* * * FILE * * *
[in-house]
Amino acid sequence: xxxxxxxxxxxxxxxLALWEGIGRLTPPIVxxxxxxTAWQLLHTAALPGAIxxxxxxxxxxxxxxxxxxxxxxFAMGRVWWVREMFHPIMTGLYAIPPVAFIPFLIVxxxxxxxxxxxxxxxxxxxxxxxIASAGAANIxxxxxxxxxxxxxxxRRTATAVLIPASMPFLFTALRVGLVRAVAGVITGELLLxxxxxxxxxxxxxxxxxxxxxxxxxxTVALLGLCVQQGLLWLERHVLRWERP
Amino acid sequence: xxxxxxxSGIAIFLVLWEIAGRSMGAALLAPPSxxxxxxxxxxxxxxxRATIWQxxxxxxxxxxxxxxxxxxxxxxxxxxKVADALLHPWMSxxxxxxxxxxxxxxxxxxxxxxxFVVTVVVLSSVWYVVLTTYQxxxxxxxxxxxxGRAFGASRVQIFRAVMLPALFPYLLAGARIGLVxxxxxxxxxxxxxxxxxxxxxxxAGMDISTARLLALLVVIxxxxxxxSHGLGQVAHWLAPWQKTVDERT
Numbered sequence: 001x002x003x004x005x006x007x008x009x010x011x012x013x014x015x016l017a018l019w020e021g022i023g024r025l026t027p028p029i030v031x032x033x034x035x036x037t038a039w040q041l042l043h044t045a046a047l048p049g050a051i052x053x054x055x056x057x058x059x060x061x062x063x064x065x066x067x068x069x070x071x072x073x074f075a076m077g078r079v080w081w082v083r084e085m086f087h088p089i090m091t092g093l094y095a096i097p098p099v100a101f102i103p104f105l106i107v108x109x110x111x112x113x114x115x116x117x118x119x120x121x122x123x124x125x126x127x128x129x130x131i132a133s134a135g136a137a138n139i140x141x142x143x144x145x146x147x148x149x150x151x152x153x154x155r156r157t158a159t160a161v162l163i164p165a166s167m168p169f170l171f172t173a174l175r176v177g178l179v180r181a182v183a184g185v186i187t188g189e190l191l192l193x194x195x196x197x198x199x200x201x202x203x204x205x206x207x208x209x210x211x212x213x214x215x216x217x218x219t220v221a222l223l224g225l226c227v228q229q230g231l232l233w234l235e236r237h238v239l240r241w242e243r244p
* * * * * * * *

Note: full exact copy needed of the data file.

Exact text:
[in-house]
Amino acid sequence: xxxxxxxxxxxxxxxLALWEGIGRLTPPIVxxxxxxTAWQLLHTAALPGAIxxxxxxxxxxxxxxxxxxxxxxFAMGRVWWVREMFHPIMTGLYAIPPVAFIPFLIVxxxxxxxxxxxxxxxxxxxxxxxIASAGAANIxxxxxxxxxxxxxxxRRTATAVLIPASMPFLFTALRVGLVRAVAGVITGELLLxxxxxxxxxxxxxxxxxxxxxxxxxxTVALLGLCVQQGLLWLERHVLRWERP
Amino acid sequence: xxxxxxxSGIAIFLVLWEIAGRSMGAALLAPPSxxxxxxxxxxxxxxxRATIWQxxxxxxxxxxxxxxxxxxxxxxxxxxKVADALLHPWMSxxxxxxxxxxxxxxxxxxxxxxxFVVTVVVLSSVWYVVLTTYQxxxxxxxxxxxxGRAFGASRVQIFRAVMLPALFPYLLAGARIGLVxxxxxxxxxxxxxxxxxxxxxxxAGMDISTARLLALLVVIxxxxxxxSHGLGQVAHWLAPWQKTVDERT
Numbered sequence: 001x002x003x004x005x006x007x008x009x010x011x012x013x014x015x016l017a018l019w020e021g022i023g024r025l026t027p028p029i030v031x032x033x034x035x036x037t038a039w040q041l042l043h044t045a046a047l048p049g050a051i052x053x054x055x056x057x058x059x060x061x062x063x064x065x066x067x068x069x070x071x072x073x074f075a076m077g078r079v080w081w082v083r084e085m086f087h088p089i090m091t092g093l094y095a096i097p098p099v100a101f102i103p104f105l106i107v108x109x110x111x112x113x114x115x116x117x118x119x120x121x122x123x124x125x126x127x128x129x130x131i132a133s134a135g136a137a138n139i140x141x142x143x144x145x146x147x148x149x150x151x152x153x154x155r156r157t158a159t160a161v162l163i164p165a166s167m168p169f170l171f172t173a174l175r176v177g178l179v180r181a182v183a184g185v186i187t188g189e190l191l192l193x194x195x196x197x198x199x200x201x202x203x204x205x206x207x208x209x210x211x212x213x214x215x216x217x218x219t220v221a222l223l224g225l226c227v228q229q230g231l232l233w234l235e236r237h238v239l240r241w242e243r244p